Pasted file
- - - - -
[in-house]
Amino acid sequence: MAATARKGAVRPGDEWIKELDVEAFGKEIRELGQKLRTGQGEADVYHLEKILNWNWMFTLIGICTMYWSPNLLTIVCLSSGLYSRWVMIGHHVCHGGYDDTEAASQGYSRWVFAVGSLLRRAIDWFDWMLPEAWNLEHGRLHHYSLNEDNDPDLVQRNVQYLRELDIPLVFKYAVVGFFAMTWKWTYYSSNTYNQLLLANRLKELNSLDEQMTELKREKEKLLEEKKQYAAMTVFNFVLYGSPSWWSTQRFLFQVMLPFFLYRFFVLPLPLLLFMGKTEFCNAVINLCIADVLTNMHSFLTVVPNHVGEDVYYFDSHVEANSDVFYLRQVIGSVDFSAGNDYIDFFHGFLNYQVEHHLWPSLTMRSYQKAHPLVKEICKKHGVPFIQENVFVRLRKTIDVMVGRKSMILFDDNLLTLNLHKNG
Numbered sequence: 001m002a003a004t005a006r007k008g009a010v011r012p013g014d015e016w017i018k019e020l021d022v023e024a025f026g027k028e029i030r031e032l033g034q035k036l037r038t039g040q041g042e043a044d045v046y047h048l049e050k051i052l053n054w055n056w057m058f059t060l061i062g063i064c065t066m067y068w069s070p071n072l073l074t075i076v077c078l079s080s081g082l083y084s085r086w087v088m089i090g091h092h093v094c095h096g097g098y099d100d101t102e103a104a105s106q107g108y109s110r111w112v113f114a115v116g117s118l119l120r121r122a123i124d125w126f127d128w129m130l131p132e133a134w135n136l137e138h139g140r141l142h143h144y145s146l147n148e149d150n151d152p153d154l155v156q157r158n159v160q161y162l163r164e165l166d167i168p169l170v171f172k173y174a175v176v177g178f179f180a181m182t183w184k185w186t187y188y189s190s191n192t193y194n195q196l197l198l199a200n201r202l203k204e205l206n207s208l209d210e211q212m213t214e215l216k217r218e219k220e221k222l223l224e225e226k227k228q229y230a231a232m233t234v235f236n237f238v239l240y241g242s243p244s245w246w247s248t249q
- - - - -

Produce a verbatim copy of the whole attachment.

[in-house]
Amino acid sequence: MAATARKGAVRPGDEWIKELDVEAFGKEIRELGQKLRTGQGEADVYHLEKILNWNWMFTLIGICTMYWSPNLLTIVCLSSGLYSRWVMIGHHVCHGGYDDTEAASQGYSRWVFAVGSLLRRAIDWFDWMLPEAWNLEHGRLHHYSLNEDNDPDLVQRNVQYLRELDIPLVFKYAVVGFFAMTWKWTYYSSNTYNQLLLANRLKELNSLDEQMTELKREKEKLLEEKKQYAAMTVFNFVLYGSPSWWSTQRFLFQVMLPFFLYRFFVLPLPLLLFMGKTEFCNAVINLCIADVLTNMHSFLTVVPNHVGEDVYYFDSHVEANSDVFYLRQVIGSVDFSAGNDYIDFFHGFLNYQVEHHLWPSLTMRSYQKAHPLVKEICKKHGVPFIQENVFVRLRKTIDVMVGRKSMILFDDNLLTLNLHKNG
Numbered sequence: 001m002a003a004t005a006r007k008g009a010v011r012p013g014d015e016w017i018k019e020l021d022v023e024a025f026g027k028e029i030r031e032l033g034q035k036l037r038t039g040q041g042e043a044d045v046y047h048l049e050k051i052l053n054w055n056w057m058f059t060l061i062g063i064c065t066m067y068w069s070p071n072l073l074t075i076v077c078l079s080s081g082l083y084s085r086w087v088m089i090g091h092h093v094c095h096g097g098y099d100d101t102e103a104a105s106q107g108y109s110r111w112v113f114a115v116g117s118l119l120r121r122a123i124d125w126f127d128w129m130l131p132e133a134w135n136l137e138h139g140r141l142h143h144y145s146l147n148e149d150n151d152p153d154l155v156q157r158n159v160q161y162l163r164e165l166d167i168p169l170v171f172k173y174a175v176v177g178f179f180a181m182t183w184k185w186t187y188y189s190s191n192t193y194n195q196l197l198l199a200n201r202l203k204e205l206n207s208l209d210e211q212m213t214e215l216k217r218e219k220e221k222l223l224e225e226k227k228q229y230a231a232m233t234v235f236n237f238v239l240y241g242s243p244s245w246w247s248t249q